Poison Center getting surge in calls about kids and hand sanitizer
Following an increase in calls to the Washington Poison Center from people poisoning themselves by ingesting bleach while trying to ward off COVID-19, hand sanitizer has now also become a culprit of toxic exposures.
Last month, it was reported that calls about toxic exposures to cleaning products had increased by 23 percent this year. Since then, that percentage has nearly doubled.
“We have seen a 52 percent increase in kids being exposed to hand sanitizer, … we’ve also seen a 53 percent increase in misuse of household cleaning products,” said Megan King, Washington Poison Center Public Health Education & Communications Specialist.
The hand sanitizer hazards tend to occur when children get hold of bottles of sanitizer.
“It might be kids licking their hands after they had hand sanitizer applied, or they might be getting it in their eyes, or they might even be taking a drink out of a hand sanitizer bottle,” King said.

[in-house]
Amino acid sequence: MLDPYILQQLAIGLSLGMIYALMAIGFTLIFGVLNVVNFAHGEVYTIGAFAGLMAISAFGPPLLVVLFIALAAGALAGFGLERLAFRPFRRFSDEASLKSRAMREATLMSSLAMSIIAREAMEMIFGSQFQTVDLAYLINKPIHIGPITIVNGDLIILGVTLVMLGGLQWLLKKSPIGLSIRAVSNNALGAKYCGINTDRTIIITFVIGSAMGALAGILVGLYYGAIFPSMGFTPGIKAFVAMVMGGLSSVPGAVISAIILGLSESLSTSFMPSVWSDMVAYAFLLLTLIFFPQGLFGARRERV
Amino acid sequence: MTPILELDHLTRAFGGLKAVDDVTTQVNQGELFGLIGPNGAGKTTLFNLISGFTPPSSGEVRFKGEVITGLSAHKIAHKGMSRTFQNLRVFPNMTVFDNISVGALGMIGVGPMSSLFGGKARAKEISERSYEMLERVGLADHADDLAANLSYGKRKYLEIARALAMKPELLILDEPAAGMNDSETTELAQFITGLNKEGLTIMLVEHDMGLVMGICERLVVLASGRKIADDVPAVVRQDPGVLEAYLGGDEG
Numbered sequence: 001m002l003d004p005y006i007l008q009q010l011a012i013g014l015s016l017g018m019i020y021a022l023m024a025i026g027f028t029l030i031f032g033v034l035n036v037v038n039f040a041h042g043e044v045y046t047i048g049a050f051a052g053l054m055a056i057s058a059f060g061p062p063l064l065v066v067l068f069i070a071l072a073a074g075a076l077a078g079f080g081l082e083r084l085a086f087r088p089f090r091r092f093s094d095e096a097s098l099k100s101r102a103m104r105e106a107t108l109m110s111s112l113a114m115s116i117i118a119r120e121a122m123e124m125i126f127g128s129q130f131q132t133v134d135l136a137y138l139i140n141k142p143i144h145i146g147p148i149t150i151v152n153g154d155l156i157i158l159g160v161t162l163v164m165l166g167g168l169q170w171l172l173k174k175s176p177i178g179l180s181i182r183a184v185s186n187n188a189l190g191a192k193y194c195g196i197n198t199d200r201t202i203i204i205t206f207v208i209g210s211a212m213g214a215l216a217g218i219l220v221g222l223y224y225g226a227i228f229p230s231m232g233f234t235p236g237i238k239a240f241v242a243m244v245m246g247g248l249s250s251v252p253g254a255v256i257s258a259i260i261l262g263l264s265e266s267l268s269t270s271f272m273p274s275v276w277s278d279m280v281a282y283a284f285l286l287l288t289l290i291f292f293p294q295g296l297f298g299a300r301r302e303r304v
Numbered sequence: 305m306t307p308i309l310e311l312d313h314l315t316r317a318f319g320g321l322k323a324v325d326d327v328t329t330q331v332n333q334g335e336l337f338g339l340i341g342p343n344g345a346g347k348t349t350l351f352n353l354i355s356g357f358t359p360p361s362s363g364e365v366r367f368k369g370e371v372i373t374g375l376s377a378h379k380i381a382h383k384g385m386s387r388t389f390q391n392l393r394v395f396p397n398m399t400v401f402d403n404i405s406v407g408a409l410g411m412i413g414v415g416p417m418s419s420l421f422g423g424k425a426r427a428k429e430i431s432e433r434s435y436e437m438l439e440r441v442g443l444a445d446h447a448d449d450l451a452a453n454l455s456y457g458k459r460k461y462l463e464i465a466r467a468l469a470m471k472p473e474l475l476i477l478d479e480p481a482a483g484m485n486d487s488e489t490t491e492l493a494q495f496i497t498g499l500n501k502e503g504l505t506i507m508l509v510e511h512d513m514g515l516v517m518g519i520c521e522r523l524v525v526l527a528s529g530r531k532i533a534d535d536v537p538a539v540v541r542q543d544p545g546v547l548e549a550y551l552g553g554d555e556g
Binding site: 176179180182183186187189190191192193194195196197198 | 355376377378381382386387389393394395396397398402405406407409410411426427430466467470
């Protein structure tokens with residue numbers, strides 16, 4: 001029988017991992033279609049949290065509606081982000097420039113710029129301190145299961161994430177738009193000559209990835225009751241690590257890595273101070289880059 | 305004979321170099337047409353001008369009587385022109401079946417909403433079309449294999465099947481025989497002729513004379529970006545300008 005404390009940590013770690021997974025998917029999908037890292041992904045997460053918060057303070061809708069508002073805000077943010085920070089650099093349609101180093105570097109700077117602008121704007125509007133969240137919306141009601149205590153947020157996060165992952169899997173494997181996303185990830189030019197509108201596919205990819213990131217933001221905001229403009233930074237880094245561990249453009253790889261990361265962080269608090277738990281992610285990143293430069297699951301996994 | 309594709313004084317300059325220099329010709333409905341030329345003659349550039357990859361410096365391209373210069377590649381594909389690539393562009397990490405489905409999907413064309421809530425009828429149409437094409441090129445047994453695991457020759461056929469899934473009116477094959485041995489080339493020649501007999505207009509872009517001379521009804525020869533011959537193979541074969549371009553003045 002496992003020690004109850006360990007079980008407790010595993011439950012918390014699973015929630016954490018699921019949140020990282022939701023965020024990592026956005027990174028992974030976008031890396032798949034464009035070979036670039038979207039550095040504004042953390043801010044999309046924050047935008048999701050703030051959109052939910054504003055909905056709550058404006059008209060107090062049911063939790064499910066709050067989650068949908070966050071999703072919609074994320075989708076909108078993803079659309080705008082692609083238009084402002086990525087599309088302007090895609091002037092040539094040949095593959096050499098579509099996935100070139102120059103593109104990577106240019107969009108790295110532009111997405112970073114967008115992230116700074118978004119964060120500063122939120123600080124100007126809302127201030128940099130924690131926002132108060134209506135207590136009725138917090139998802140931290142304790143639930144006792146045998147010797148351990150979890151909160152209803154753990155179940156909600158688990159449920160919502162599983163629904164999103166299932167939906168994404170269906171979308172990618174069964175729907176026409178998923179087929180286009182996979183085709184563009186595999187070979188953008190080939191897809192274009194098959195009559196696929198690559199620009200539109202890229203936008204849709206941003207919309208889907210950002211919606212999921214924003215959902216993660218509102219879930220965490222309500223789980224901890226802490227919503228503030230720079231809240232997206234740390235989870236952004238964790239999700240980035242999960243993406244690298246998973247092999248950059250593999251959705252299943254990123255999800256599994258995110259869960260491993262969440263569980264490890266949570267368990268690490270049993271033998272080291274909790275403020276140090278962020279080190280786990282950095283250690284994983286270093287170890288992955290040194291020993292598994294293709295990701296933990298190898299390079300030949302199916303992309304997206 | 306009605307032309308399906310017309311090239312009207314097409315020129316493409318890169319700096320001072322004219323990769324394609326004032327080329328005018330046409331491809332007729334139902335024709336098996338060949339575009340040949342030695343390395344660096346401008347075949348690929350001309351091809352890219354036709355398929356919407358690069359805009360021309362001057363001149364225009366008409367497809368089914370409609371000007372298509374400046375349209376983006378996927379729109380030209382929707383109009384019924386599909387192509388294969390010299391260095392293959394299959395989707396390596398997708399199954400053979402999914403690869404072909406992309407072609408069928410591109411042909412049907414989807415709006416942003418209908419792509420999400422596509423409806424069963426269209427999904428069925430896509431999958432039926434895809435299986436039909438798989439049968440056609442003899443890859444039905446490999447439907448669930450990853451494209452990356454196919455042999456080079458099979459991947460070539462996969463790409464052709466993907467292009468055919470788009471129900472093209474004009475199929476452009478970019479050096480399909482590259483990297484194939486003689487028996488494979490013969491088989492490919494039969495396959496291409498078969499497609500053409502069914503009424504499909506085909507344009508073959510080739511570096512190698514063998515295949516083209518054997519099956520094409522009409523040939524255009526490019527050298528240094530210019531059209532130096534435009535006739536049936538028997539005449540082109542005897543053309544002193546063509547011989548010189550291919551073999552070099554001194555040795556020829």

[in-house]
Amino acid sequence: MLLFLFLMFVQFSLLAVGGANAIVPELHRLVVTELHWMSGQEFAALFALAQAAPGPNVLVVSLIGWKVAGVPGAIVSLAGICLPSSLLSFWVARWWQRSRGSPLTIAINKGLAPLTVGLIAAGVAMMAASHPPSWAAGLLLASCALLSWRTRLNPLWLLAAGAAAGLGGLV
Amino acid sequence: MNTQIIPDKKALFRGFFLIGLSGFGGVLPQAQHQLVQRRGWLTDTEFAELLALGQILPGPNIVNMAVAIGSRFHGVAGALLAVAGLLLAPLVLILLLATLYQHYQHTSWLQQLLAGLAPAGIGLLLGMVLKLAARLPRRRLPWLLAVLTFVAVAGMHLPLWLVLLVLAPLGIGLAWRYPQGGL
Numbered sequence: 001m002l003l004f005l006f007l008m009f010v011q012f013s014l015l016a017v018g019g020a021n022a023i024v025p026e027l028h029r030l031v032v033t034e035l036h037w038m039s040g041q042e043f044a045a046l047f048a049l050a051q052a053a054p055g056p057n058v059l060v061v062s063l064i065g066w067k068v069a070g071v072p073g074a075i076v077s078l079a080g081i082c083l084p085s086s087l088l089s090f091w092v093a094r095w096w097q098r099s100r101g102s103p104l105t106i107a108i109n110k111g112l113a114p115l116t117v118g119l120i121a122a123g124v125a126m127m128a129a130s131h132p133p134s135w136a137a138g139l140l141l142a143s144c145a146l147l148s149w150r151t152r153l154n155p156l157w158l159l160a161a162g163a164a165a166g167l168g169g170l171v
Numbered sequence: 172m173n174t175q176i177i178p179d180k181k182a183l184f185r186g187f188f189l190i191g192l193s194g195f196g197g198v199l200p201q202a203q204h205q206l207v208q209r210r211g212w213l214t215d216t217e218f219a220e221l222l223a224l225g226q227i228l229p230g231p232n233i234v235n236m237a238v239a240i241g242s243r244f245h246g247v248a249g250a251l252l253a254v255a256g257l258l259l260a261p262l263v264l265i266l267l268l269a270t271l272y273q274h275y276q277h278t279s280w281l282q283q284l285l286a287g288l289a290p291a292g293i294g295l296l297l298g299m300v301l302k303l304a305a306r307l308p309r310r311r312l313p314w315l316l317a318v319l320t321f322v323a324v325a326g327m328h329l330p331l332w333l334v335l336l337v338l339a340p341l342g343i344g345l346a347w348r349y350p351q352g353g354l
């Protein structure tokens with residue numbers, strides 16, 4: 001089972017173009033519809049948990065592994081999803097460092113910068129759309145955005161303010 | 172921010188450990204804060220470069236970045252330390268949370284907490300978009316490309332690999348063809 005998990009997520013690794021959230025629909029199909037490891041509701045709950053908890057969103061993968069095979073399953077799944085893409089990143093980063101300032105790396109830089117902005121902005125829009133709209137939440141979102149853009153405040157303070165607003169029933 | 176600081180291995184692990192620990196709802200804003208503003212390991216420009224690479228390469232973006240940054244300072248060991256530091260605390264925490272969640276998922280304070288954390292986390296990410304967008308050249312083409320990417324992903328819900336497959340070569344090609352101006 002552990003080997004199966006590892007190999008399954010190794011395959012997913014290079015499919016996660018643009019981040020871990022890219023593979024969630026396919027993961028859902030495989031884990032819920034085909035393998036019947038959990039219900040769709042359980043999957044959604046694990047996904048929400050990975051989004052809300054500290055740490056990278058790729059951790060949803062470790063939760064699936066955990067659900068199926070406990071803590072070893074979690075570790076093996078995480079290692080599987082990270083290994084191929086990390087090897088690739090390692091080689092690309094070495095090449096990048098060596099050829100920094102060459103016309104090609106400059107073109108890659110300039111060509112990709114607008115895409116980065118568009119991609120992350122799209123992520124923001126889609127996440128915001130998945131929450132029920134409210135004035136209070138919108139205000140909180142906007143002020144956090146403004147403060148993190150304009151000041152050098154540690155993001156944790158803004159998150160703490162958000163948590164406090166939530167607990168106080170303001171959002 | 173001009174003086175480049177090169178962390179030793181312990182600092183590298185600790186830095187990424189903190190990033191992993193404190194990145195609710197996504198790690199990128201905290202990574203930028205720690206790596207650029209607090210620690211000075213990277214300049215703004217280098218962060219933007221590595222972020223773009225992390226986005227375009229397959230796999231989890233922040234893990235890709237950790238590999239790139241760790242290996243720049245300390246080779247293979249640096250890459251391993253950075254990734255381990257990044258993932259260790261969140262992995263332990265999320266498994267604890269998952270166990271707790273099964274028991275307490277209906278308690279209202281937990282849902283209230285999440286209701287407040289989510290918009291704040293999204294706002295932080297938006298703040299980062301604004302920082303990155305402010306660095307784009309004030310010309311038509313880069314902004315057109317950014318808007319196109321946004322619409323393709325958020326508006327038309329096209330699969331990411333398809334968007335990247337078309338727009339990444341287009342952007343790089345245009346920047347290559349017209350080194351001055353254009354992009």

Adults, meanwhile, are harming themselves when they make the mistake of mixing two cleaners together, which can cause a hazardous chemical reaction and create toxic gases. Some people have also been soaking their face masks in bleach, and then breathing in the bleach when they put the mask on.
Luckily, the vast majority of the accidental poisonings were taken care of at home with advice from Washington Poison Center experts and did not require emergency room care.
The Washington Poison Center said everyone should remember to take precautions with disinfectants, such as wearing gloves and opening windows while cleaning, storing cleaning products out of reach of kids, and watching children when they use hand sanitizer.
Never mix cleaning chemicals together or wash your face mask in them; throw face masks in the laundry instead.
If you or a loved one is exposed to a toxic substance, call the Washington Poison Center immediately at 800-222-1222. Lines are open 24 hours a day.